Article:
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dEdt
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Experimentally, how well tested is Born's rule?
Extremely, afaik. I'm curious. Why are you asking this?dEdt said:Experimentally, how well tested is Born's rule?
Born's rule, also known as the Born probability rule, is a fundamental principle in quantum mechanics that relates the probability of observing a particular outcome when measuring a quantum system to the complex amplitude of the system's wavefunction.
In experiments, Born's rule is used to predict the probabilities of different outcomes when observing a quantum system. This allows scientists to make accurate predictions and interpretations of experimental data.
Born's rule has been extensively tested and has been found to be in excellent agreement with experimental data. It has been verified for a wide variety of quantum systems and is considered to be a well-established principle in quantum mechanics.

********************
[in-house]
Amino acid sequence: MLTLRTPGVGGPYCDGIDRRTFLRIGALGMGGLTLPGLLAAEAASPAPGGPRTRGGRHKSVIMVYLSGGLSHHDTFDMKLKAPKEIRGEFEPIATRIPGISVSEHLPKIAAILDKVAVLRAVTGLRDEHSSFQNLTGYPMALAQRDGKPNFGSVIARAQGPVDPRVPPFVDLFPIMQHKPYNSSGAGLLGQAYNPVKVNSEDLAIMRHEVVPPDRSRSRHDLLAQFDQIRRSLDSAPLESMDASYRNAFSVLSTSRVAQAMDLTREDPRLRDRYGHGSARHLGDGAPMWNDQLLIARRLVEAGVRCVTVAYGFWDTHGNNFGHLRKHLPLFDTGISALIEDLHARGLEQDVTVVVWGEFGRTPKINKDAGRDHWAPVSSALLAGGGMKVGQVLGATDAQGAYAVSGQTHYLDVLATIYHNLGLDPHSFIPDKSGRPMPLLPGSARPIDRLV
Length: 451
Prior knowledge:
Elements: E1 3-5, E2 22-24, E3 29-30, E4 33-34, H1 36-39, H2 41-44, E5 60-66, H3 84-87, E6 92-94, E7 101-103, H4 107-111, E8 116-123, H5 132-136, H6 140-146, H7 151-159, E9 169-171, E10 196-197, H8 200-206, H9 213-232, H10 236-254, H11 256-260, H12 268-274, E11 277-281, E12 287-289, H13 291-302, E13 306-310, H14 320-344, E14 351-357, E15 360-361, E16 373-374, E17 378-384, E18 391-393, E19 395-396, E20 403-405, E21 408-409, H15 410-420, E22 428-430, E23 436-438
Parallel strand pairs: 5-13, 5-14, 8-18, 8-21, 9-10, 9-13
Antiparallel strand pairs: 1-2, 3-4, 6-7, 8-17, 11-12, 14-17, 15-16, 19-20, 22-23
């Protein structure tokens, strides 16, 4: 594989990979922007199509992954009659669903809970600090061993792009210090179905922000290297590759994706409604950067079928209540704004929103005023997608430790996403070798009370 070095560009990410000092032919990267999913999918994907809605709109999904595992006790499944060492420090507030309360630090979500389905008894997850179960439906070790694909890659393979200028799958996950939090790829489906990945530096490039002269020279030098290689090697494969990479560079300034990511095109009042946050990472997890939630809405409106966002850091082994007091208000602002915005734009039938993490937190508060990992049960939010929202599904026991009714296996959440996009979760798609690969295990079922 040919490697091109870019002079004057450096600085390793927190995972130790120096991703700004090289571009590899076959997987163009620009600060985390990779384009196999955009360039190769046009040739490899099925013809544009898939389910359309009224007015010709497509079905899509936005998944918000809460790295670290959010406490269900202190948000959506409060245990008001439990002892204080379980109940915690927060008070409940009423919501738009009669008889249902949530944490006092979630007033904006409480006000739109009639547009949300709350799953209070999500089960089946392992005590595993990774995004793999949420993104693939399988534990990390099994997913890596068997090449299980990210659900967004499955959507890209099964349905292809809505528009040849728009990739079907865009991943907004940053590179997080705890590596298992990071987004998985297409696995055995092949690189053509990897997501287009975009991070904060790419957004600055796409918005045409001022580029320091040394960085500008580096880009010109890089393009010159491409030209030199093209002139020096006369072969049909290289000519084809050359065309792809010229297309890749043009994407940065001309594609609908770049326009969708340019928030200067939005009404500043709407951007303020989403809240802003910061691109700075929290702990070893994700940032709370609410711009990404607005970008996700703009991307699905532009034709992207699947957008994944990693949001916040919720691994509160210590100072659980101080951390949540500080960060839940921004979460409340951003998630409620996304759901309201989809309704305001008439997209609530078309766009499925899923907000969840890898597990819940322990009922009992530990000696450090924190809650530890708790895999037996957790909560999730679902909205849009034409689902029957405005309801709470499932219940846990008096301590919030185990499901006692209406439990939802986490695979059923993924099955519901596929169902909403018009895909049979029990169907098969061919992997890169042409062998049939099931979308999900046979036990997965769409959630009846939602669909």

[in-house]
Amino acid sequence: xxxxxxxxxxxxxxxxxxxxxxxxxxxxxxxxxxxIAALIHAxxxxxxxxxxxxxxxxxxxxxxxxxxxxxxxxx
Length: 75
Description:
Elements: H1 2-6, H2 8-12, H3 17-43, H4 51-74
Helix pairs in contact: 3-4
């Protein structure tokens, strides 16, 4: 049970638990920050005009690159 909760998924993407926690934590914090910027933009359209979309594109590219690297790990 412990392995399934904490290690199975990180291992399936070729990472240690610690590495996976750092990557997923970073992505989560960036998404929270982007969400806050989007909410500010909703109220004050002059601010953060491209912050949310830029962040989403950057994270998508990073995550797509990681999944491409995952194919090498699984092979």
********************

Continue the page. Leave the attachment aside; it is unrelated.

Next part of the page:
Although Born's rule has been extensively tested, there are some potential limitations to its applicability. For example, it does not apply to systems with a large number of particles or to systems in which the wavefunction is not well-defined.
There are some alternative theories to Born's rule, such as the de Broglie-Bohm interpretation of quantum mechanics. However, these alternative theories are not widely accepted and have not been supported by experimental evidence to the same extent as Born's rule.